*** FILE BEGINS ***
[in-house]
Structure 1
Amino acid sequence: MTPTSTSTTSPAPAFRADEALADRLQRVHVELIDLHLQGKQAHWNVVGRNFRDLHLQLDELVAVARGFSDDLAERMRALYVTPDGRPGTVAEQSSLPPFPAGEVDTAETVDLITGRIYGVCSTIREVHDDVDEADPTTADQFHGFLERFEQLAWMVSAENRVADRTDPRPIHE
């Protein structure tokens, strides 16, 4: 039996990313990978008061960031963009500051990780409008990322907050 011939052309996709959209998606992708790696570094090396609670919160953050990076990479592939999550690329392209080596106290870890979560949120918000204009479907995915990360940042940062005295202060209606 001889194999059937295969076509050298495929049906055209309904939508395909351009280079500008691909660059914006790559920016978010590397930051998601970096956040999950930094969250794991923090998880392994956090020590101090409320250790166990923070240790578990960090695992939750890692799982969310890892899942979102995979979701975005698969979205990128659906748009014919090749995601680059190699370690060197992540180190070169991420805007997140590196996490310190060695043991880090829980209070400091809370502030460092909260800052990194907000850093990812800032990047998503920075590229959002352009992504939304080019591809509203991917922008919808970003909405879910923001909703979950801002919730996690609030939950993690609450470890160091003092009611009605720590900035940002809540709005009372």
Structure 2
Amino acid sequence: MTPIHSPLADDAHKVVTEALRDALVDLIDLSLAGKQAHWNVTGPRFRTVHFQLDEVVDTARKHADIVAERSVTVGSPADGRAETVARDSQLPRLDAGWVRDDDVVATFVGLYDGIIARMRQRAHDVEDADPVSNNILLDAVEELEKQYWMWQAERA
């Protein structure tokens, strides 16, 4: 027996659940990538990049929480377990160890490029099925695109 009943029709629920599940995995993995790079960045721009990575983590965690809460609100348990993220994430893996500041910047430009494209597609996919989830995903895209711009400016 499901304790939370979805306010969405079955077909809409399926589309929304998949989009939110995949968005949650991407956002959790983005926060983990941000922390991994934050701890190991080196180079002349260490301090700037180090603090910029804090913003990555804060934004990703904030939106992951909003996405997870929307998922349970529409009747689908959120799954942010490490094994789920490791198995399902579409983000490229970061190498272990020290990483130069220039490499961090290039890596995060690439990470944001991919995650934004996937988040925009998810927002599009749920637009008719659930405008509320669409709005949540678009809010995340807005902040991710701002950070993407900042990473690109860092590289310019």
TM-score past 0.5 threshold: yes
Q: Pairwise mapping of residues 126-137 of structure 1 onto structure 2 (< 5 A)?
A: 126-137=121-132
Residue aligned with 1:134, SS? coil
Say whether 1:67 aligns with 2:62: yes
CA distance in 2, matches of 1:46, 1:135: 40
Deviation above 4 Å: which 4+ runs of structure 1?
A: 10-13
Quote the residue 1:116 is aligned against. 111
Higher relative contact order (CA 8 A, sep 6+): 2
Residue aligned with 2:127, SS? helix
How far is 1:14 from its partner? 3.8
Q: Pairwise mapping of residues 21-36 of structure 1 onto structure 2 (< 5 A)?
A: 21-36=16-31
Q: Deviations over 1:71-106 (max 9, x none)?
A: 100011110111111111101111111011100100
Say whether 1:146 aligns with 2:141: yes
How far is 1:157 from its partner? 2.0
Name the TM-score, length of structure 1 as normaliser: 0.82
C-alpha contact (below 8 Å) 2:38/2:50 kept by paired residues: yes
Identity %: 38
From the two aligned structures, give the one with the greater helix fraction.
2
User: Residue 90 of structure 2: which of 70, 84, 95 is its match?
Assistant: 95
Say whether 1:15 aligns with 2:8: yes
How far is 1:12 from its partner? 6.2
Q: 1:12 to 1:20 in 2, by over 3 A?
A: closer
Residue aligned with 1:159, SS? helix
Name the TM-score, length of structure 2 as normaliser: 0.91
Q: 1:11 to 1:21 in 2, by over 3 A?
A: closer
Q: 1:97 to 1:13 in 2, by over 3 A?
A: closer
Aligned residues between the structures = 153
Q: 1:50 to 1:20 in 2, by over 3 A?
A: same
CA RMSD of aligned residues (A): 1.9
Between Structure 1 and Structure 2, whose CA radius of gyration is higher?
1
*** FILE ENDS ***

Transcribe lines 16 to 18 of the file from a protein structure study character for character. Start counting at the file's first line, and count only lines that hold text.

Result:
Quote the residue 1:116 is aligned against. 111
Higher relative contact order (CA 8 A, sep 6+): 2
Residue aligned with 2:127, SS? helix